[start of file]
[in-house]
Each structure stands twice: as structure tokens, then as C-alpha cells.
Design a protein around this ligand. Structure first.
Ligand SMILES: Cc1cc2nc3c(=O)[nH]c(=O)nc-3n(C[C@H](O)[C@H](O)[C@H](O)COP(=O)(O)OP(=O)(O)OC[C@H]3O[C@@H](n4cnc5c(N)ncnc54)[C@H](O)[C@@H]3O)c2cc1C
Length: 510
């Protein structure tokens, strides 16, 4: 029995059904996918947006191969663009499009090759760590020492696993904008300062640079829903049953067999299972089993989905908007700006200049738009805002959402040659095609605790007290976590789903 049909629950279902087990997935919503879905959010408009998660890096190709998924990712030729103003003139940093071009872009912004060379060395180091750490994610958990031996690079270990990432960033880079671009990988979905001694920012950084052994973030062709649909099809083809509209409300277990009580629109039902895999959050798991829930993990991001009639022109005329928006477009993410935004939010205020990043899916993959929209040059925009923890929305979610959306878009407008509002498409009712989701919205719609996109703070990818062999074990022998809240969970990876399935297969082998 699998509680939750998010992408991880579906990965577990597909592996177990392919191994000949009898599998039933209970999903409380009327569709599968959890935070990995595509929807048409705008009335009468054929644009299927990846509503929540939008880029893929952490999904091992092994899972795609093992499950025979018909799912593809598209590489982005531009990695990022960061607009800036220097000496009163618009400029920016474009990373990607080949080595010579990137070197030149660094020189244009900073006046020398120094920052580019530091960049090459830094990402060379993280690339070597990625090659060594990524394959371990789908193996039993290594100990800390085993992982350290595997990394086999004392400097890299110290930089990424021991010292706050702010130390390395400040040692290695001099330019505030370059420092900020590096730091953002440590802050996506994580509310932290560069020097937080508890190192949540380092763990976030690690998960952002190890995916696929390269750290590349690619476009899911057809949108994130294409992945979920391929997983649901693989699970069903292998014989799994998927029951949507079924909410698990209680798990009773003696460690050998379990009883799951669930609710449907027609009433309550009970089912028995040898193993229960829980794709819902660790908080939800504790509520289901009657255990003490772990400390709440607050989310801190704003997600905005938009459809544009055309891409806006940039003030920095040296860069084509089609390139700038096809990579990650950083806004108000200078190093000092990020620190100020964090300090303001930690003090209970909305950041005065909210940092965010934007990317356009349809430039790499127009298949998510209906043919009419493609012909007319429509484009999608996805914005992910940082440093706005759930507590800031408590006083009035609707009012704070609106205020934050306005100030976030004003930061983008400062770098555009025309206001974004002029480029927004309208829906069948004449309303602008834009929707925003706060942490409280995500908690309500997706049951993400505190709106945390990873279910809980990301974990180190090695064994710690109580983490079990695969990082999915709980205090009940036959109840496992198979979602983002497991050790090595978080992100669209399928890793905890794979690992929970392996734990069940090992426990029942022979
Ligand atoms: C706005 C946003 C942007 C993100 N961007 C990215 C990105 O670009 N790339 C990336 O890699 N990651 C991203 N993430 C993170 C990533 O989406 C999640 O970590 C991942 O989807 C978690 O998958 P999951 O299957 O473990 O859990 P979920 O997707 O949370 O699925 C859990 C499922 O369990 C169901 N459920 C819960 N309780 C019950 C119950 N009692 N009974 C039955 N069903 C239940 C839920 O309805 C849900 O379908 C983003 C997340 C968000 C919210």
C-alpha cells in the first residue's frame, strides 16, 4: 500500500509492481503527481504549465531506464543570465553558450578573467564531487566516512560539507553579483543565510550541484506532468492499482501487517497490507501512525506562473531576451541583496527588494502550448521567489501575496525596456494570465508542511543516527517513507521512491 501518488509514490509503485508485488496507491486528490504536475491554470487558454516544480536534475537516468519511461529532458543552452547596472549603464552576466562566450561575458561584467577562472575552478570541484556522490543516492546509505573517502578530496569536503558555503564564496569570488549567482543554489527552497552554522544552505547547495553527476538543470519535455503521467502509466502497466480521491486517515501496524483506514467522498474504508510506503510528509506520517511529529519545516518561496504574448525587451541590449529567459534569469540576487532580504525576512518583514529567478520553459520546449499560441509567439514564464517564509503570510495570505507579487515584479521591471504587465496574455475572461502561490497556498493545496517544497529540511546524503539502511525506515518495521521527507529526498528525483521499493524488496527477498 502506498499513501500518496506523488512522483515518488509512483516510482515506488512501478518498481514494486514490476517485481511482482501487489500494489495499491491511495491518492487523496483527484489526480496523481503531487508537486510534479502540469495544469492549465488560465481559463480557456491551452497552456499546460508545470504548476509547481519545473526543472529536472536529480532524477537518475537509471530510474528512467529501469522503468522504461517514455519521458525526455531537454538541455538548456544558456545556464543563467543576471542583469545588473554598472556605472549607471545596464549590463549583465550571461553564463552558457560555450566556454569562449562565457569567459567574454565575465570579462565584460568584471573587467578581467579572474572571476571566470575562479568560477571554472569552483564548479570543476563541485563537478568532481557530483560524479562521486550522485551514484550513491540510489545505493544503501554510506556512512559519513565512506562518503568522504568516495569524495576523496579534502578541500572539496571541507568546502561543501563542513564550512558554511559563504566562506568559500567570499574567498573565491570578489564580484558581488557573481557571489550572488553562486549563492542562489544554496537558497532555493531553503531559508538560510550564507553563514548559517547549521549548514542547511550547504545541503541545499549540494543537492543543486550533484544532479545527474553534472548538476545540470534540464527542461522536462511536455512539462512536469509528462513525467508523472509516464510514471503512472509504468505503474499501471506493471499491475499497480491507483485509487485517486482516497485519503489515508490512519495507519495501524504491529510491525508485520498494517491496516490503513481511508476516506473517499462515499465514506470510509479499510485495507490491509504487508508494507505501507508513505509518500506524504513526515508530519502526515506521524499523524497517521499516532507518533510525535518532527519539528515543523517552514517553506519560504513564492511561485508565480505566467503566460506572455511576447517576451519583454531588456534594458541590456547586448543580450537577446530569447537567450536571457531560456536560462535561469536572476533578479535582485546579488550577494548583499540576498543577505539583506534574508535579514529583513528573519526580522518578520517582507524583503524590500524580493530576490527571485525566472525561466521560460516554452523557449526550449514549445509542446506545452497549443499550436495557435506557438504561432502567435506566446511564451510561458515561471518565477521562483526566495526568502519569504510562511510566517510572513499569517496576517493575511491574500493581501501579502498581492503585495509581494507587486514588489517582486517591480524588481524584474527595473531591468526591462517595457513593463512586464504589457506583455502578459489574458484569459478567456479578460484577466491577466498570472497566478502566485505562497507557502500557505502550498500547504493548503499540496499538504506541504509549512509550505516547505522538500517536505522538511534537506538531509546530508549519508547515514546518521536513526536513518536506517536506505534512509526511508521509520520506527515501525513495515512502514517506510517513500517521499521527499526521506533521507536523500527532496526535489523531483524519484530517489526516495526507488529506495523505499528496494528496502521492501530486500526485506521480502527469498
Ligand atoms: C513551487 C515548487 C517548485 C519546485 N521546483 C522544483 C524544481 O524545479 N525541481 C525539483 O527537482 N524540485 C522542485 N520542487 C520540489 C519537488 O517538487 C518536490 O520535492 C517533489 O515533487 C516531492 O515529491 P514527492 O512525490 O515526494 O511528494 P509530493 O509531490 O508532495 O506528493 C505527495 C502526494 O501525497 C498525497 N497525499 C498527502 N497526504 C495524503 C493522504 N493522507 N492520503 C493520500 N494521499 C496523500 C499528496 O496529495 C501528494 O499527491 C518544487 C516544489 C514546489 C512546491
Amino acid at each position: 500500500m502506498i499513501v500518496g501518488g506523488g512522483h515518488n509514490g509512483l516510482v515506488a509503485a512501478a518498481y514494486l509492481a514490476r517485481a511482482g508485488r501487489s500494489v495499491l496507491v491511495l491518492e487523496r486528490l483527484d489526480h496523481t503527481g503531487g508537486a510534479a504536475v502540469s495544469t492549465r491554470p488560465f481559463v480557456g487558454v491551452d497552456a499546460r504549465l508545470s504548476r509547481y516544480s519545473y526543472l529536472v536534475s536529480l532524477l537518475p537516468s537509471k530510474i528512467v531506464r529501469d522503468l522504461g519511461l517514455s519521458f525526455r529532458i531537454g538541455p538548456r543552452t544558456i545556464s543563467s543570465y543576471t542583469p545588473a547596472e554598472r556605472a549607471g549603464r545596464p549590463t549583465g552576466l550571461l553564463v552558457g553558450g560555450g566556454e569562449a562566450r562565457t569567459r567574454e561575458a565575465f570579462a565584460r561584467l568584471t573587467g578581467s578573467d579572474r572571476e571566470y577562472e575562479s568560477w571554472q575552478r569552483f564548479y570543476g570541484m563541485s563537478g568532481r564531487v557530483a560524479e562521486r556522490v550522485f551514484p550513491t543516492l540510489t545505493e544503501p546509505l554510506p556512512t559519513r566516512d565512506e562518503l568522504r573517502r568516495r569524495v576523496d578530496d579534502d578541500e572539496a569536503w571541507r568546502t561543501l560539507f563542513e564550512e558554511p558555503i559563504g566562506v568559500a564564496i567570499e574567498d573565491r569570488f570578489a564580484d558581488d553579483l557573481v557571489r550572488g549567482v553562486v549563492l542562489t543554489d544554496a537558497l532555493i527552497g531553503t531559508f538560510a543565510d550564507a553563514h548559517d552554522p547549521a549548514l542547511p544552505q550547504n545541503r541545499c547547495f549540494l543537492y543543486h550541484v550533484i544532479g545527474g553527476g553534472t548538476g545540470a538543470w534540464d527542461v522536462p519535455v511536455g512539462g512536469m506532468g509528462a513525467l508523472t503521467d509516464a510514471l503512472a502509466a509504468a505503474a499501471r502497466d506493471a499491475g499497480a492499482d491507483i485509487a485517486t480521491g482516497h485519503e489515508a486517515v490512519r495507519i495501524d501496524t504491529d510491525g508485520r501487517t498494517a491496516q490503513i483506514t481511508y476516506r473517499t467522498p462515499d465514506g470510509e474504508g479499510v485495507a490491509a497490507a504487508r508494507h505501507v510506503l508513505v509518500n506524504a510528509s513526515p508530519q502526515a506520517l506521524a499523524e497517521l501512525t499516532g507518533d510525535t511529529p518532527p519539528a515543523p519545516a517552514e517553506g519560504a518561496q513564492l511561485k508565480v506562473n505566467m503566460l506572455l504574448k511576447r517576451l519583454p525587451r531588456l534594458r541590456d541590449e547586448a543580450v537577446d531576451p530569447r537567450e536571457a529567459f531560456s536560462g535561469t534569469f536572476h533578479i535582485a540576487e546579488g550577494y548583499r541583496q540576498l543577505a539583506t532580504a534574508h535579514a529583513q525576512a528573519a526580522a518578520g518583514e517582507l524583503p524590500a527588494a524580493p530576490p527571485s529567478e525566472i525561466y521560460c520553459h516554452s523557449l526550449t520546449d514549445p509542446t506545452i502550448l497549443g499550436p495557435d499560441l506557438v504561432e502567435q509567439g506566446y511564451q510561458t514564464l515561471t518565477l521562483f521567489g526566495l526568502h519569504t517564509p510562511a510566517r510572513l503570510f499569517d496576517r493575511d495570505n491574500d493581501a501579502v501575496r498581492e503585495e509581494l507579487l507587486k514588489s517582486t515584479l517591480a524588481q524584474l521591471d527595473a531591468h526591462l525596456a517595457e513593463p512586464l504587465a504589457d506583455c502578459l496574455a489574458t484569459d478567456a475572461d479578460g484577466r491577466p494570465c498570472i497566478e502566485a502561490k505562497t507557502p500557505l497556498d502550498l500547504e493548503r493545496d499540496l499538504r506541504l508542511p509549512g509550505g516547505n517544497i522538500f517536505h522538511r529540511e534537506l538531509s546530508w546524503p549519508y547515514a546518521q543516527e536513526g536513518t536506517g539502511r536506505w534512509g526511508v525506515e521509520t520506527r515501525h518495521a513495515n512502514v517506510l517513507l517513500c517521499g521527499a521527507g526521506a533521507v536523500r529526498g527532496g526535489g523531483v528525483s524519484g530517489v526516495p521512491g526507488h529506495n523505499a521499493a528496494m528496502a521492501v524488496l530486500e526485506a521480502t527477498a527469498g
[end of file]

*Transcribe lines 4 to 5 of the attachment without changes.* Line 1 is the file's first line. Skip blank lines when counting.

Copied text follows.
Ligand SMILES: Cc1cc2nc3c(=O)[nH]c(=O)nc-3n(C[C@H](O)[C@H](O)[C@H](O)COP(=O)(O)OP(=O)(O)OC[C@H]3O[C@@H](n4cnc5c(N)ncnc54)[C@H](O)[C@@H]3O)c2cc1C
Length: 510